Sunday dinner: Noodles with tofu, spinach, peapods + chili-garlic-lime chicken

Tofu Meemaw strikes again.  Last night I made her recipe for tofu with spinach.  It’s braised in a mix of ginger, scallion, garlic, soy sauce, and vegetable broth, and then I tossed it with udon noodles.  Recipe after the jump.

Adapted from Nutritional Cooking with Tofu by Christine Y.C. Liu, MPH.

Ingredients:

  • 1 lb of tofu, sliced (2″x 1″ x 1/2″)
  • 2 green onions, shredded
  • 2 slices of ginger root
  • 2-3 tbsp of corn or canola oil
  • 1/2 lb of fresh spinach
  • 2 t of cornstarch blended with 1/2 C of water (see this great post on cornstarch in Asian cooking on Serious Eats)
  • 2 T low sodium or regular soy sauce
  • 1/8 t pepper
  • 1/2 C water
  • 1/4 t or more of sesame oil
  • 2 t low sodium instant chicken or vegetable boullion
  • 1/2 t sugar

Method:

  • Wash spinach; drain well and cut into 1″ sections.
  • Heat oil; saute the onions and ginger goot.  Add tofu and the last six ingredients (soy sauce, pepper, water, sesame oil, boullion, sugar).  bring to a boil.
  • Turn to low heat; cover and cook for 5 minutes.
  • Add spinach; bring to a boil.
  • Add blended cornstarch and bring to a boil. Serve hot.

She says it makes 6 servings @118 calories/serving.  I say that she decides her serving sizes not based on this dish as a main course, but as part of a Chinese table with several other dishes + rice.  If you are making this for  the main dish, think 4 servings.

Notes/Variations:

  • The recipe I made with spinach and tomatoes called for frying the tofu first, which gave the tofu color and a firmer texture. This recipe called for braising in a sauce, which meant the tofu got mushy and broke down.  The sauce is very good, but it didn’t override the unpleasant (to me) beany flavor of the soy.  I left most of the tofu in the bottom of my bowl when I was eating, and focused on the noodles and vegetables.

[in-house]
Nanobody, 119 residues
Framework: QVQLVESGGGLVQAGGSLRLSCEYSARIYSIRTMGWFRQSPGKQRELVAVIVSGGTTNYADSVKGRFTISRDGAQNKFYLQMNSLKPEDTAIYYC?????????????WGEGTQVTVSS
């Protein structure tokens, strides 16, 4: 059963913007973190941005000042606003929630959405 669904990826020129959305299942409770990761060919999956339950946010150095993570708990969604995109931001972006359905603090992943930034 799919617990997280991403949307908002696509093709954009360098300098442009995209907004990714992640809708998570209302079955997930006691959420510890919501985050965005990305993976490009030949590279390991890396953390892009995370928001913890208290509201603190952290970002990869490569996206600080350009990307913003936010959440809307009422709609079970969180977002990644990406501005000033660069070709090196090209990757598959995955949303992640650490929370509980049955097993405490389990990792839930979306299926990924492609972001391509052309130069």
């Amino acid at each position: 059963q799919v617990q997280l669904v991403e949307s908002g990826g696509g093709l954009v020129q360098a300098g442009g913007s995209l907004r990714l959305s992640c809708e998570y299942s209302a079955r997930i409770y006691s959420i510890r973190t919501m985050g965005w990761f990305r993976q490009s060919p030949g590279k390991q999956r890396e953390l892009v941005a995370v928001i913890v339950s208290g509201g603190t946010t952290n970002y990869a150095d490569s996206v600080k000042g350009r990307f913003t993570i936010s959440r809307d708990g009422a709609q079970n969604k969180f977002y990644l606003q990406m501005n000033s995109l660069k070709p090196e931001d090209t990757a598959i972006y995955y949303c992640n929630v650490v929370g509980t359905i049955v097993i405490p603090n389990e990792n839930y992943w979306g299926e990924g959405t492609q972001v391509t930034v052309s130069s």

• I added cooked udon noodles to the dish, and a good spoonful of chili garlic sauce to each bowl when I served it.
  • I chopped the ginger finely and added 2 cloves of chopped garlic and 2 dried red chilis to the wok with the green onions. This was a  good idea.
  • I liked the sauce enough that I want to make this again but with chicken, pork, or shrimp or just a bigger variety of vegetables (chinese cabbage, bean sprouts, red peppers) instead of the mushy beany tofu.


For an appetizer, I marinated a few chicken parts in the juice of a fresh lime and some chili garlic sauce and grilled it.  P. and I agreed, we should have eaten this after the tofu noodles, since they sort of kicked tofu’s beany ass. Sorry, Tofu MeeMaw.


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